3 May 2018By Uri Snir
In Wallbridge v. Brunning, the Court of Appeal for Ontario set aside a summary judgment granted in favour of the defendant partnership of lawyers, Williams Litigation Lawyers (“Williams”). By sending the issue of Williams’ liability to trial, the Court of Appeal has potentially opened the door to a law firm being found vicariously liable for the actions of a lawyer who practices “in association” with it.
25 April 2018By Cynthia Spry
In Cunningham v. Wiltzen, the Alberta Court of Appeal recently dealt with an appeal of a trial judge’s findings regarding an investment adviser’s liability for breach of his duty of care.
10 April 2018By Khrystina McMillan
In a decision released last week, the Ontario Court of Appeal held that section 138.3(6) of Ontario’s Securities Act cannot be used to avoid the “statute-bar monster”. In Kaynes v BP, P.L.C., the Court of Appeal upheld the motion judge’s decision to strike eleven of fourteen secondary market misrepresentation claims in a putative class action on the grounds that they were statute-barred. In doing so, the Court of Appeal rejected the plaintiff’s submission that the court could treat all the misrepresentations as a single representation under section 138.3(6) to extend the limitation period for the eleven statute-barred misrepresentations.
2 April 2018By Uri Snir
On March 20, 2018, the Ontario Securities Commission (OSC) published a report titled Seniors Strategy. The report develops initiatives and an action plan to better protect senior investors in Ontario. The report is the culmination of extensive research and data collection by the OSC, as it recognizes the growing challenges facing older investors. Babin Bessner Spry’s own Ellen Bessner served on the Seniors Expert Advisory Committee that consulted with the OSC in developing its Seniors Strategy.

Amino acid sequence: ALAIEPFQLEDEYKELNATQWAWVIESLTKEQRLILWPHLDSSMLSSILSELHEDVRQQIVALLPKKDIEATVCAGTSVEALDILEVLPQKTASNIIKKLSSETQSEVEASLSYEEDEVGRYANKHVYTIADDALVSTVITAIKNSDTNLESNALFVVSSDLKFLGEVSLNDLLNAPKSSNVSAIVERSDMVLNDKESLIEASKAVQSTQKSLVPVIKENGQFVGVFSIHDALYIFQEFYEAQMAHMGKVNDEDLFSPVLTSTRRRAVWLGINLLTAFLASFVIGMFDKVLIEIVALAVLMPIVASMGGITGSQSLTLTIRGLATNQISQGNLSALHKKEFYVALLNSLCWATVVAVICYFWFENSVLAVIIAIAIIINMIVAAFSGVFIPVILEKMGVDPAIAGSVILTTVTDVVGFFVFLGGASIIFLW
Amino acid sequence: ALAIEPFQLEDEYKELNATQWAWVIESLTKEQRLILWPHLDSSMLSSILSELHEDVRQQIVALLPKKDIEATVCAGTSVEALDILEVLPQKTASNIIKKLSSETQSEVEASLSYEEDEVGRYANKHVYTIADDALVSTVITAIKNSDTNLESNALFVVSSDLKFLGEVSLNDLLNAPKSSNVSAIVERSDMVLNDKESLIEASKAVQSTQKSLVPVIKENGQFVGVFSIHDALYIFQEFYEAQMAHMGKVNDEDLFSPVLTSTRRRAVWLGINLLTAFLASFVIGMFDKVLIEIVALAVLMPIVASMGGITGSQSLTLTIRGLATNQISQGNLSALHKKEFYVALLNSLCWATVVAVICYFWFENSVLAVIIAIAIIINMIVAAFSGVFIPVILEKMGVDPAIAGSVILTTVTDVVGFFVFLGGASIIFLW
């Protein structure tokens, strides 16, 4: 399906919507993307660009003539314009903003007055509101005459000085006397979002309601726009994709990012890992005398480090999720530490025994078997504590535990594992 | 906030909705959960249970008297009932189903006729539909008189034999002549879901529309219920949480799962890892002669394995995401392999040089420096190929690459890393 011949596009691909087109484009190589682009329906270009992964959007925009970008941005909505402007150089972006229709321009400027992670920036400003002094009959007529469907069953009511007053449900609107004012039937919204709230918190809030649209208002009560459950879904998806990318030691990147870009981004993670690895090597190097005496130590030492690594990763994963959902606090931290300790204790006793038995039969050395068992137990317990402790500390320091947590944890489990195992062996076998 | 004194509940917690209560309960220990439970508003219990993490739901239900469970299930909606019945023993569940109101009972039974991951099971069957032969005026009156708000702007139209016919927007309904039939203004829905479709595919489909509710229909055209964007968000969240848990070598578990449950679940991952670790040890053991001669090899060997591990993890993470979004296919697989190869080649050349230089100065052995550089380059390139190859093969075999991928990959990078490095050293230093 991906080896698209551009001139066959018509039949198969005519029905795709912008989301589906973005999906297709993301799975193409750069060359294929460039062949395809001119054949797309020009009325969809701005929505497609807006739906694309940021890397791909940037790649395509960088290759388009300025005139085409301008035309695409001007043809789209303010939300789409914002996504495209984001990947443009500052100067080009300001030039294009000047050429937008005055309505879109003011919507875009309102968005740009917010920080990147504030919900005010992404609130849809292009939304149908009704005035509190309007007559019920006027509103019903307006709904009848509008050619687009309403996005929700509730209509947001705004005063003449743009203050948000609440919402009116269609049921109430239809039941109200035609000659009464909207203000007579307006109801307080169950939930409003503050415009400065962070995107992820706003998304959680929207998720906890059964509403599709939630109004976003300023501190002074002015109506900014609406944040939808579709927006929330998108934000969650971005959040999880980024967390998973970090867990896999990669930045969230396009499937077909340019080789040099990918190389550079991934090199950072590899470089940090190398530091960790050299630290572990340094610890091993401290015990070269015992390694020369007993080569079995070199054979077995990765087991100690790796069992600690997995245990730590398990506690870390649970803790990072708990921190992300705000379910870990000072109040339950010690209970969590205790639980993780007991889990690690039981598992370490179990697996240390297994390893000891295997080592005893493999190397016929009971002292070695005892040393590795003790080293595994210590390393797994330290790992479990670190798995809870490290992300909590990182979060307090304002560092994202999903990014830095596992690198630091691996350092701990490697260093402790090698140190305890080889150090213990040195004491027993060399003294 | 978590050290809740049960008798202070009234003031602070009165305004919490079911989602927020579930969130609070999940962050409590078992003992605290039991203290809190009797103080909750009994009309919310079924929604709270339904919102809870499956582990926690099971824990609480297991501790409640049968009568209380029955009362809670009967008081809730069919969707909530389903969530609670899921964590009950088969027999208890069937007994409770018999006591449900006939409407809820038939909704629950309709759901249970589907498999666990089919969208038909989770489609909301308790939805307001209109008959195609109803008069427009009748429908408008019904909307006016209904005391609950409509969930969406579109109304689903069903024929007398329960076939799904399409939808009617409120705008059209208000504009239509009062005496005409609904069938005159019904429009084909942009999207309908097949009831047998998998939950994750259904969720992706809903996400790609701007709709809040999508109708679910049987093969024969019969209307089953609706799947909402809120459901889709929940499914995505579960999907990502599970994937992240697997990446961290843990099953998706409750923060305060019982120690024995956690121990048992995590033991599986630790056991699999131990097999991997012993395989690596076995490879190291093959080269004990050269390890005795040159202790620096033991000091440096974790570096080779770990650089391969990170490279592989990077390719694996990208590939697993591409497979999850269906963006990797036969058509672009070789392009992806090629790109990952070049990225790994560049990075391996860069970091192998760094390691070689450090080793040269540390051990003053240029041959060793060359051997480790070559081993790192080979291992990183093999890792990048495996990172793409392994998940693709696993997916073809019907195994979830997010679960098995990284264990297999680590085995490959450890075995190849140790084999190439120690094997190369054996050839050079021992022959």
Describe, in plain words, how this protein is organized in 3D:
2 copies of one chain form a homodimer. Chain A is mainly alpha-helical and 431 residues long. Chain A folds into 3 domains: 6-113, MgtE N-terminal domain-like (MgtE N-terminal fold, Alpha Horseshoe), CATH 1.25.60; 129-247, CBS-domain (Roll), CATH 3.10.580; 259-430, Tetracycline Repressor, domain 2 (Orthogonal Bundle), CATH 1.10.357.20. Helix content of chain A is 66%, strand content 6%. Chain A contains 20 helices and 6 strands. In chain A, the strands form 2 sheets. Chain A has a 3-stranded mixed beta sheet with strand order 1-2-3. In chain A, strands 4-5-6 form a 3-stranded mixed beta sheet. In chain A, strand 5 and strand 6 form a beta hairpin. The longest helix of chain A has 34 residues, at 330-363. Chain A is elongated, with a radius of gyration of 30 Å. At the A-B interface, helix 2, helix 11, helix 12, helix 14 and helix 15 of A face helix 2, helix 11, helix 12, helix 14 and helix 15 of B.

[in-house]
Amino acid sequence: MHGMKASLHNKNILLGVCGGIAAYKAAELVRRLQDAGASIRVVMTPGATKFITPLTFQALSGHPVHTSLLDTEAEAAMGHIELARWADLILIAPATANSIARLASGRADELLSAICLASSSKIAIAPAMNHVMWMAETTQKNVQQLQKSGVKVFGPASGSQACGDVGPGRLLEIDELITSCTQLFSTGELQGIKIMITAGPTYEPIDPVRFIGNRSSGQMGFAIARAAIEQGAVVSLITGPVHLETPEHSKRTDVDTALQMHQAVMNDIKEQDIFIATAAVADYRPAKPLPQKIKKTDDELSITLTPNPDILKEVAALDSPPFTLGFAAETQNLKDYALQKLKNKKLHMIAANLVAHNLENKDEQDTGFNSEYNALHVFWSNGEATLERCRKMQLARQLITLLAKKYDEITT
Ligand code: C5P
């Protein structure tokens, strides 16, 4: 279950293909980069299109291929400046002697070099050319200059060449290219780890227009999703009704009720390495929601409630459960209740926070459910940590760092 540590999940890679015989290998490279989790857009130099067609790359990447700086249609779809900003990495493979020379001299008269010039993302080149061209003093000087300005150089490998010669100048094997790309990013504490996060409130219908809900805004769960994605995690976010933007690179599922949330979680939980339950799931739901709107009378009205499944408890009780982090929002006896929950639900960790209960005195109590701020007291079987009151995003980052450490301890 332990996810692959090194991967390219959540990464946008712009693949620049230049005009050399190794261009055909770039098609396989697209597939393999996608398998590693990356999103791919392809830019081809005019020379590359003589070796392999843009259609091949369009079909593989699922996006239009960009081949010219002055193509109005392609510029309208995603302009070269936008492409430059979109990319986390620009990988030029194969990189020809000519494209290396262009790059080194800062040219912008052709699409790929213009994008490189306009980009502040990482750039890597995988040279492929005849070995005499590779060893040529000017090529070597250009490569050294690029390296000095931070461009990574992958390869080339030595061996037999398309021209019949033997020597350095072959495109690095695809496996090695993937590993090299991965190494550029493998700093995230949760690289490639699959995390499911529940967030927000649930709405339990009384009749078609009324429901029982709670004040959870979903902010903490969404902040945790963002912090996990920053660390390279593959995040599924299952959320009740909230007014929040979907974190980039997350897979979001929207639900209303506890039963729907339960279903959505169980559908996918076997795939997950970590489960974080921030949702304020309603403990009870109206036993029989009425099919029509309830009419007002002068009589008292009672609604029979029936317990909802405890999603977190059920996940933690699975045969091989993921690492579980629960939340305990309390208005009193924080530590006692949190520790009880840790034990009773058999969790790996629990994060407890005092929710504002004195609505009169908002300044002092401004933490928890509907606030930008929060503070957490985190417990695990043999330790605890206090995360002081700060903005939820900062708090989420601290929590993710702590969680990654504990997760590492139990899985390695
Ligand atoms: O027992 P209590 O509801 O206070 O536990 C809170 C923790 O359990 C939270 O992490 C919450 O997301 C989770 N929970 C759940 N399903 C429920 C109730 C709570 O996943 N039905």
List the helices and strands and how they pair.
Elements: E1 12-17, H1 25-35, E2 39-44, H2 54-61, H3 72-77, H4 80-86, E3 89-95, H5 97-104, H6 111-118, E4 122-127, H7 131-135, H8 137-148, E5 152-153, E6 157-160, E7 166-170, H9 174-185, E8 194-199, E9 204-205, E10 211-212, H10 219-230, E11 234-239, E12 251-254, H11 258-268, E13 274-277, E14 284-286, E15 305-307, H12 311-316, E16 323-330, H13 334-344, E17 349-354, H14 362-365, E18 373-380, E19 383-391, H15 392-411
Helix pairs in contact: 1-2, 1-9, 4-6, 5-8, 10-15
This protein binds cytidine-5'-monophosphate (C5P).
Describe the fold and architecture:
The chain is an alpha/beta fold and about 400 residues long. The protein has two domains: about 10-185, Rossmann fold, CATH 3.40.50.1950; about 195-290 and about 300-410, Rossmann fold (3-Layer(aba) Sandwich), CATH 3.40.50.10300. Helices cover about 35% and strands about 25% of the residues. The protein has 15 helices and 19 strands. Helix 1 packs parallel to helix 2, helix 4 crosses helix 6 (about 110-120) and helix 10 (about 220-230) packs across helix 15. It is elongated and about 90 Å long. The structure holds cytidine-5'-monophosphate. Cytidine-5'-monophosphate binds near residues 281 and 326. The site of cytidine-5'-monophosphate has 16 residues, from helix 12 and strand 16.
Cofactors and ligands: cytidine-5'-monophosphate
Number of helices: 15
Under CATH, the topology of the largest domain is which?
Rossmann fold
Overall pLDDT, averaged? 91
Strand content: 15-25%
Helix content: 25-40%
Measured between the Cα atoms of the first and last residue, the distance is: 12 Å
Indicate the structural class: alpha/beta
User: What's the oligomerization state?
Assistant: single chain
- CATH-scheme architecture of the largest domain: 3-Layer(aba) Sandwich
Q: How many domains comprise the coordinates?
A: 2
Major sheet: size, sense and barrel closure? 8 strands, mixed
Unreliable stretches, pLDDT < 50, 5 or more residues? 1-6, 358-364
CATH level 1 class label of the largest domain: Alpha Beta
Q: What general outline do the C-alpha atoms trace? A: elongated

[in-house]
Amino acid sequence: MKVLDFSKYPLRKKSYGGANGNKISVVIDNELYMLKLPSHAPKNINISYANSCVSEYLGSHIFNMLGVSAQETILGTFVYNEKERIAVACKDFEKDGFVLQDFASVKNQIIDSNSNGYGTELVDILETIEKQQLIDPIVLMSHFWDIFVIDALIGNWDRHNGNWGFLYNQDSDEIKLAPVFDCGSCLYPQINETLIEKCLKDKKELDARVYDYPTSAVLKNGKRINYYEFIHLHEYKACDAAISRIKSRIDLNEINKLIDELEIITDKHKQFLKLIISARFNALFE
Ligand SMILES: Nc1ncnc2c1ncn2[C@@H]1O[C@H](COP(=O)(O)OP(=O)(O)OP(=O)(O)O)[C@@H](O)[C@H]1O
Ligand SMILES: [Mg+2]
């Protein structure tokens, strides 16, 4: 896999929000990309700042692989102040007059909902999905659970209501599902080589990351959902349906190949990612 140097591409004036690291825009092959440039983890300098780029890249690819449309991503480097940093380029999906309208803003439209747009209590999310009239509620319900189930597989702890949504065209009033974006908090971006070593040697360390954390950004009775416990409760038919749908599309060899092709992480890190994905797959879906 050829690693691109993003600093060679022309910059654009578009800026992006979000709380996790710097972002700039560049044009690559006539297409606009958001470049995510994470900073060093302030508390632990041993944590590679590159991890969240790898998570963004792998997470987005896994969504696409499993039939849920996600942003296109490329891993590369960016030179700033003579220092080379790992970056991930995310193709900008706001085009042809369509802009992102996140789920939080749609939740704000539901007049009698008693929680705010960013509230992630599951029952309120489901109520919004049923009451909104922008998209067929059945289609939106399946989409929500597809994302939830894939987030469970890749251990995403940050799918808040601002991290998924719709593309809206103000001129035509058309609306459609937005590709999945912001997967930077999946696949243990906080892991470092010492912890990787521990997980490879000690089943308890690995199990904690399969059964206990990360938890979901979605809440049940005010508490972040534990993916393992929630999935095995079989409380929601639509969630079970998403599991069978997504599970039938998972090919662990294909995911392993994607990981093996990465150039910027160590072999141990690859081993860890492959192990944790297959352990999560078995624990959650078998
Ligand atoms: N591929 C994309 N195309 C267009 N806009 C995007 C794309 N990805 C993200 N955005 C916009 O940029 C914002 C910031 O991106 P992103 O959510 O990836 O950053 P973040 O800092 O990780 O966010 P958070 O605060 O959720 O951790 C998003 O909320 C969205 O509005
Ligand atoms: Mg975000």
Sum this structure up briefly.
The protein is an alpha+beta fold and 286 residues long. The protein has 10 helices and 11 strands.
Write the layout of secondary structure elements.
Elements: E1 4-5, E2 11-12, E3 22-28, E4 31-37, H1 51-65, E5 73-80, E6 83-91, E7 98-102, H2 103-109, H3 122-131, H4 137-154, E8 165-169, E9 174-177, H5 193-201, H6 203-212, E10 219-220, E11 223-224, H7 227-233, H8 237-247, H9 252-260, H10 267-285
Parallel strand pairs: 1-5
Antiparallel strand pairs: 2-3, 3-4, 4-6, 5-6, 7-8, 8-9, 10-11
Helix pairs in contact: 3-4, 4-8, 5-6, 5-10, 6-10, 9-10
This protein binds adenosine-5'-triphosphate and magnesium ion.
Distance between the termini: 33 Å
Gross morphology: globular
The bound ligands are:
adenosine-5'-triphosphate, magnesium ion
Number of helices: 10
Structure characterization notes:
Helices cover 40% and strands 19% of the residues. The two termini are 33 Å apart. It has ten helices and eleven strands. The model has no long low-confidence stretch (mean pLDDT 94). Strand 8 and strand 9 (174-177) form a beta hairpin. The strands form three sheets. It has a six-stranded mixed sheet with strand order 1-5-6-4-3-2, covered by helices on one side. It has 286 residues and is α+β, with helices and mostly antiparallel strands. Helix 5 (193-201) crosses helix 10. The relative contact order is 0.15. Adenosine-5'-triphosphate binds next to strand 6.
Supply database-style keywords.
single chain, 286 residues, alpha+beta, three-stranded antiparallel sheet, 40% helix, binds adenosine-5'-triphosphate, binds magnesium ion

26 March 2018By Khrystina McMillan
and Shakaira John
Last week, Manitoba’s Minister of Finance introduced proposed amendments to Manitoba securities legislation that would grant a national investment industry regulator enhanced enforcement powers. If approved, these amendments will make Manitoba the fifth province that has provided self-regulatory organizations (“SROs”) with more robust legal authority in the name of investor protection. It is not clear, however, that the goal of investor protection is actually served by giving SROs more enforcement powers.
19 March 2018By Eden Kaill
The Great Library at the Law Society of Ontario (“LSO”) is many things – a historically significant collection of rare books, an architectural masterpiece hidden in plain sight, and for those looking for an obscure (or not-so obscure but expensive) legal text, an absolute treasure trove. Law students study here, members of the public walk the stacks, any licensed lawyer or paralegal can access any document the library manages, and the knowledgeable staff will even help with research.
12 March 2018By Uri Snir
On February 1, 2018, the Ontario Securities Commission approved Canada’s first exchange traded fund (ETF) that tracks blockchain-based companies. There appear to be at least two additional blockchain ETFs in the pipeline and more will likely follow. Earlier this year, similar ETFs were launched on the New York Stock Exchange and Nasdaq.
6 March 2018By Morgan Westgate
In its recent decision, DBDC Spadina Ltd. v. Walton, the Ontario Court of Appeal clarifies the law on knowing assistance claims that are brought against corporations.
27 February 2018By Cynthia Spry
In Aird & Berlis LLP v. Oravital Inc., the Court of Appeal recently overturned a decision: (1) granting summary judgment to a law firm for unpaid fees and disbursements; and (2) dismissing the counterclaim by the law firm’s former clients (two corporations) alleging negligent provision of legal advice and representation. The decision emphasizes that, even where all parties agree that an action is appropriate for summary judgment, it is nonetheless open to the courts to disagree and order a matter proceed to trial.
20 February 2018By Shakaira John
In an earlier post, we discussed the Ontario Securities Commission’s (“OSC”) Whistleblower Program under OSC Policy 15-601 and, in particular, the OSC’s focus on promoting awareness of whistleblower protections despite criticisms of their efficacy. Recently, legislative amendments gave teeth to whistleblower protections by creating a civil cause of action for reprisals, potentially resolving one of the criticisms of the program (highlighted in our earlier post).